In the latest sign that my hiring was a rare misstep by this esteemed outlet, I agreed Wednesday to go on Headline News’ “Nancy Grace.”
My charge: to speak about a Texas couple’s suspicion that former kidnapper and Millcreek fertility clinic worker Thomas Lippert switched out the husband’s sperm sample and fathered their 21-year-old daughter.
Now, I’m clearly stupid, but I’m not stupid enough to think this was going to be a great segment. This was, after all, Nancy Grace, the inspiration behind my favorite Scott Pierce headline of 2013: “Eeek! Is Nancy Grace headed for Utah?”
But I figured that with the University of Utah’s investigation possibly dead-ending, more exposure might lure a couple of sources. And I’ve never done TV before. At worst, it would be a learning opportunity.
The producer armed me with some pro tips: 1. Don’t thank Nancy for being on the show, 2. If Nancy asks a question that you don’t have an answer for, say “That’s an excellent question” and change the topic, and 3. Try to make your answers as specific as possible.
She then emailed a list of 10 questions she’d written for Grace, and I printed them out and prepared direct, targeted, infrared-guided answers to each. I was ready.
At roughly 2 p.m., I got the call, bobbed my head to the disaster-movie theme music, and Grace introduced me.
The super-specific question she had for me was — and it’s pretty nuanced, so follow carefully here — “Matthew. I’m stunned. What happened?”
I’ve since counted that I was given 13 seconds on a matter that I’ve written 3,000 words about. I can only guess that my mumbling triggered some ratings alert and producers started hopping madly, their sweat beading while they mimed cutthroat gestures. Somebody probably dove out the window.
Like a mongoose striking a cobra (with me being like a cobra only in that I posed an imminent threat to their viewership) Grace reflexively squelched me with an “Oh dear Lord in Heaven!” and cut to a shouting Rita Cosby.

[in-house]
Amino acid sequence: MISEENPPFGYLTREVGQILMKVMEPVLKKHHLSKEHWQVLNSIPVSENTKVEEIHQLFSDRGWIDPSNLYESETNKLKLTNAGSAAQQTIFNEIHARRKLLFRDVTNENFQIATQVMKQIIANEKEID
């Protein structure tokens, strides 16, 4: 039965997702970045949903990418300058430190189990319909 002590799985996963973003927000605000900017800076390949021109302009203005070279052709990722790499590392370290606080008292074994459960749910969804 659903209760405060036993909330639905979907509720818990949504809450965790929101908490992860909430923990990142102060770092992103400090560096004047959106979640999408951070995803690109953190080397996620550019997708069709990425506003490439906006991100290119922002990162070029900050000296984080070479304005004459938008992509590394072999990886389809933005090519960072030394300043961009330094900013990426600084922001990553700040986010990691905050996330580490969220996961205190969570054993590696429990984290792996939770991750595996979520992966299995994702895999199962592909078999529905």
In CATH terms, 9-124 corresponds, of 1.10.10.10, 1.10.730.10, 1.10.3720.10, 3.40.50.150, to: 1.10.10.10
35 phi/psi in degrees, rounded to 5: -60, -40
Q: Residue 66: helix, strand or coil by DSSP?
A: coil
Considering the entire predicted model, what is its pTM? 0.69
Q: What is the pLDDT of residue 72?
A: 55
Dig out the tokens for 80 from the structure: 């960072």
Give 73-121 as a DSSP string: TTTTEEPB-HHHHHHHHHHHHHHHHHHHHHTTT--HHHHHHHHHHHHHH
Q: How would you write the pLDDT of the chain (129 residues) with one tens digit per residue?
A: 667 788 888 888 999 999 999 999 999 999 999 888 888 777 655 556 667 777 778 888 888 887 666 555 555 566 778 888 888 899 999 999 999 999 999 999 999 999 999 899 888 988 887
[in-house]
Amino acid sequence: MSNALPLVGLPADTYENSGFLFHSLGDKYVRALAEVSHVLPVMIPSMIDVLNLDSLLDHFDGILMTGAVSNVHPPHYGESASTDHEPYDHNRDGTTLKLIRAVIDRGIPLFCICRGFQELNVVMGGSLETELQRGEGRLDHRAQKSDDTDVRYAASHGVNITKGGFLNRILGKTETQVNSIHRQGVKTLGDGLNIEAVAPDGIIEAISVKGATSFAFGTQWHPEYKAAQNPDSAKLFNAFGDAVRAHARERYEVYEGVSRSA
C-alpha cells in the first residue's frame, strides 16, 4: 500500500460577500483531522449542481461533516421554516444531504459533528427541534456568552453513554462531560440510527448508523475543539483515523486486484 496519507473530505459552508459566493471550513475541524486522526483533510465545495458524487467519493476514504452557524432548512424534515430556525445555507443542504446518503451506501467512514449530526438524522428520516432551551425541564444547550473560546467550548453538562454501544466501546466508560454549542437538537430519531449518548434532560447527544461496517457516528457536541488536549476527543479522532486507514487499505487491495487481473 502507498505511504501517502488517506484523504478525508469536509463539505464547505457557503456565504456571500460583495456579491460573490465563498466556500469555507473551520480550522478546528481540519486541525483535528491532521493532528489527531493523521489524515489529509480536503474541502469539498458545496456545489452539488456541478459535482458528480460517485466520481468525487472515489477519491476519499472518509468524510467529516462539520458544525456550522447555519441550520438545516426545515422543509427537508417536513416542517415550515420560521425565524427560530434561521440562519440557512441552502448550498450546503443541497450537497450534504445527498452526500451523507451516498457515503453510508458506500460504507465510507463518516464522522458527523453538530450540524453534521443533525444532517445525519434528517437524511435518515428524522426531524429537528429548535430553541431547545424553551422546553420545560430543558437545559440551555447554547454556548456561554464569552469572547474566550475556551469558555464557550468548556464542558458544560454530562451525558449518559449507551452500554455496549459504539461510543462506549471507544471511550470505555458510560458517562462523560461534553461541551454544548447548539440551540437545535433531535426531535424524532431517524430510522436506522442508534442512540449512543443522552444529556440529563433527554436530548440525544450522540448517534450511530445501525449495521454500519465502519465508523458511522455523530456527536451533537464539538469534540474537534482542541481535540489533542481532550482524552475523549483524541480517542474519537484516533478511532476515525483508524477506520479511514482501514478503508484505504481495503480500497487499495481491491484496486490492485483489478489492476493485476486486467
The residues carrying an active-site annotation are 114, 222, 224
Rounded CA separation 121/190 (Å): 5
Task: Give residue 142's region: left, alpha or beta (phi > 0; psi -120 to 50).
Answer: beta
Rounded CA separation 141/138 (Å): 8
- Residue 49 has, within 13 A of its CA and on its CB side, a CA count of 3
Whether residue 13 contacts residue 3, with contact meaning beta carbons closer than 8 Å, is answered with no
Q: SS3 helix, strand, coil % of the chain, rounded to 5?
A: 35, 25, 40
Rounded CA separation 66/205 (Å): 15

Thereafter it was “Bombast away!”
Grace’s experts shared increasingly dramatic opinions, building off the sketchy foundation of “Some criminal probably fathered lots of people.” Somebody, I believe Grace, more than once emphasized the word “masturbating.”
And let’s pause to note here: The producer who invited me is clearly a decent news-gatherer; she had emailed me relevant questions and she or somebody she works with tracked down Lippert’s widow (Jean) and Branum family adviser-of-sorts CeCe Moore. It’s too bad others on the segment didn’t care what those women had to say.
I began to jot down a list of clarifications that Grace never returned to me for. In the interest of, you know, telling the truth, here they are:
• The Texas family is the Branums, not the Barnums.
• We don’t know if Reproductive Medical Technologies was a “popular” clinic.
• While you’d be rightly outraged if Jean Lippert had kept quiet about criminal activity, that has never been her story. Rather, she said, Thomas Lippert kept a photo in his wallet of a baby he claimed to have fathered via aboveboard sperm donation.
• Jean Lippert’s feeling that her husband was illicitly fathering a child “once a month” — given that, again, she claims to have never known of this until she saw it on KUTV last week — is hardly a reasonable indication that there are more than a hundred such cases.
• There was talk of a 20-year window for the sperm-swapping. The Tribune has no reason to believe Lippert was employed by RMTI for longer than 9 years.
• Lippert kidnapping victim Susan Wells Cochran told prosecutors that they had never had intercourse, so Grace’s insinuation that it may have happened is baseless.
• This was not “uncovered” by Nancy Grace. It wasn’t uncovered by “CBS This Morning,” from whom she obtained footage. It wasn’t uncovered by CNN wire or The Associated Press, who widely disseminated it. It wasn’t uncovered by KUTV, which broke and has the best claim on the story. And it wasn’t even uncovered by Moore, a genealogy expert to whom the Branums turned first. It was uncovered, fairly remarkably, by the Branums.
Anyway, besides my parents — and then, only maybe — this is more than you cared to know.
But the truth is that, jokes aside, real people may be affected if Thomas Lippert did what the Branums and his widow think he did. And it’s yet possible that Lippert didn’t knowingly do anything — that Annie Branum (described as a beautiful, kindhearted astrophysics major) is the miraculous result of a genuine laboratory mishap.
Thirteen seconds isn’t long enough to explain it.
— Matthew Piper
Note: I’ve only watched the abridged clip (seen at top), so if they cut some of the silliness from the final segment ... well, good.